Gifts bring Christmas smiles
Local activist collective Brown Girl Woke (B.G.W.) is celebrating the festive season by giving gifts to families affected by measles.
The group's founder, Maluseu Doris Tulifau, told the Samoa Observer that charitable Christmas donation drives are not new to her and her students.
“We've always done this for Christmas as part of our after school programme. We usually give presents out at the end of our programme, but because of the measles it was cancelled," she said.
She says that there have been a number of donations coming in throughout the year, and that she has been working closely with good friends Tee Trep and Saipai Cassens from American Samoa in bringing toys in from Pago Pago and Hawaii.
Talofa Airways and Hawaiian Airlines were in contact with the American Samoa members of B.G.W. in helping to bring them over to Pago, for Samoa Airways to fly them home for free.
"We were grateful for this donation because it came just in time, as people mostly donated medical supplies. We were very lucky to be giving toys to places like the wards at the hospital and just be giving at this time," she said.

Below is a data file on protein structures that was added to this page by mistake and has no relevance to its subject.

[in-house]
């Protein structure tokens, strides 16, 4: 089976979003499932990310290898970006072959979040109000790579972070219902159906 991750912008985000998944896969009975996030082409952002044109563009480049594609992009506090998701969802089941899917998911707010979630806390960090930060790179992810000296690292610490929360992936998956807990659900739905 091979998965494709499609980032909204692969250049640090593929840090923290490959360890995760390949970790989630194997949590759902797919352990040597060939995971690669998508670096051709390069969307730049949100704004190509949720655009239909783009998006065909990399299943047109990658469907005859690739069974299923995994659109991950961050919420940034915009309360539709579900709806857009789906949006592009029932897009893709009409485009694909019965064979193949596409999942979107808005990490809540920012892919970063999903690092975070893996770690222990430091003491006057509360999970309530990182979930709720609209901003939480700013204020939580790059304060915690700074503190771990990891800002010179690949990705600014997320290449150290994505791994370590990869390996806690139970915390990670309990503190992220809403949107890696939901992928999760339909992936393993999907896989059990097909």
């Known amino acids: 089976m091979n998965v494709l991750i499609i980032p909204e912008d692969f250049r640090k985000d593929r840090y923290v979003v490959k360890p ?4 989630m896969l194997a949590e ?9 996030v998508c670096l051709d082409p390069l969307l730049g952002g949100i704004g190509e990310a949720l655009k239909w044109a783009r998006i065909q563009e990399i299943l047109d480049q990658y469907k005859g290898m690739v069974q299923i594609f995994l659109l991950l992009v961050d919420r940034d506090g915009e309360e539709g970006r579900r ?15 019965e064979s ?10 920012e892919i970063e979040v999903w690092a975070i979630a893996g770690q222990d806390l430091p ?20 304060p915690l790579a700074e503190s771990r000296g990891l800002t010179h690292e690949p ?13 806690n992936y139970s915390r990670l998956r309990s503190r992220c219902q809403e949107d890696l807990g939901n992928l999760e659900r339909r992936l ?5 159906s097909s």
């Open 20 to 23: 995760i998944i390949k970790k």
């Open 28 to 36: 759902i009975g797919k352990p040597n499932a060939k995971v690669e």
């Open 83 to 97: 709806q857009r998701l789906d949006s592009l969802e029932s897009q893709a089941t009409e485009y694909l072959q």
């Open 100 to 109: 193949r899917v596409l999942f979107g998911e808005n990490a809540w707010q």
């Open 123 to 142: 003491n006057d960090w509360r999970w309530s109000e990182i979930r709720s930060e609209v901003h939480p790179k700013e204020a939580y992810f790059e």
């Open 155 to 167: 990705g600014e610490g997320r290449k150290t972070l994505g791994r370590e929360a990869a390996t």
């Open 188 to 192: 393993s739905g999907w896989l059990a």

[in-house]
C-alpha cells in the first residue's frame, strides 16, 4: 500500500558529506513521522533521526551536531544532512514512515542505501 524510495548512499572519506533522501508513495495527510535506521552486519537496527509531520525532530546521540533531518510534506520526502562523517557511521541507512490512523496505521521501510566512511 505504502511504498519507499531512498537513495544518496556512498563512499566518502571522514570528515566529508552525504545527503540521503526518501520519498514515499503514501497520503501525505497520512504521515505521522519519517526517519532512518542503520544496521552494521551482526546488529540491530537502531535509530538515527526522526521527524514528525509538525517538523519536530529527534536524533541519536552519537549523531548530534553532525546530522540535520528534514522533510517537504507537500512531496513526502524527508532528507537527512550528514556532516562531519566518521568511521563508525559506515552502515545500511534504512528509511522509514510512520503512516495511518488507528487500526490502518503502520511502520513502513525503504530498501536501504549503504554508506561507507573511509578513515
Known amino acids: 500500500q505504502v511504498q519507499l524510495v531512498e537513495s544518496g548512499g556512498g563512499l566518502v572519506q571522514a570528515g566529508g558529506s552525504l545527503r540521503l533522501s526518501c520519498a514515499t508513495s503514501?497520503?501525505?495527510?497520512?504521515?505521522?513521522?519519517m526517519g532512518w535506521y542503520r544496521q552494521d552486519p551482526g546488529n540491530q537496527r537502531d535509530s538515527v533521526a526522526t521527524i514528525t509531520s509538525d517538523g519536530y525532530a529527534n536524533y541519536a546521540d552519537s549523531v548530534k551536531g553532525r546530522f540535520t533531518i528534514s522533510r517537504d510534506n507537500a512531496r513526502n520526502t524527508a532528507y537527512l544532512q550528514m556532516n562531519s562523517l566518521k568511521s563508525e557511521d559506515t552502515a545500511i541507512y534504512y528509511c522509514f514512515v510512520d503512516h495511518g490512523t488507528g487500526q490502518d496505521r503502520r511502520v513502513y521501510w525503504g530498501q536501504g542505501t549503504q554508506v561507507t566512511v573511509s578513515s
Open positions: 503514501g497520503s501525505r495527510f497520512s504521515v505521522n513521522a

Ms. Tulifau said such connections allowed people to understand that they had the means to help out with the project.
"This all started from one of my friends seeing a photo of us giving to measles families. A lot of these 20 or so families have four or more kids, or live in communal areas where there are many other kids in need. And this has all been helpful to relieve that suffering," she said.
A total of six student members of B.G.W. sorted and wrapped presents for the children.
Lino Williams, says that the experience of being a volunteer has left him speechless.
"You're giving them the joyful spirit and you're happy as well," he said.
"So it's a win for me."
Mr. Williams also said he and his peers have been doing a lot of good work for B.G.W. throughout the year.
Doris Tulifau said that the measles epidemic was an opportunity for many of her young students, such as Mr. Williams, to become involved in volunteering.
"We want to see more volunteers in Samoa. When did we ever have a soup kitchen like the Helping Hands or anything like that? I know it's a tragic time but at the same time, this is making them aware of what they can do," Ms. Tulifau said.
Ms. Tulifau said there were no obstacles to lending a helping hand to others.
The gift run will begin from today and last all season long, until all of the many toys have found a home this Christmas.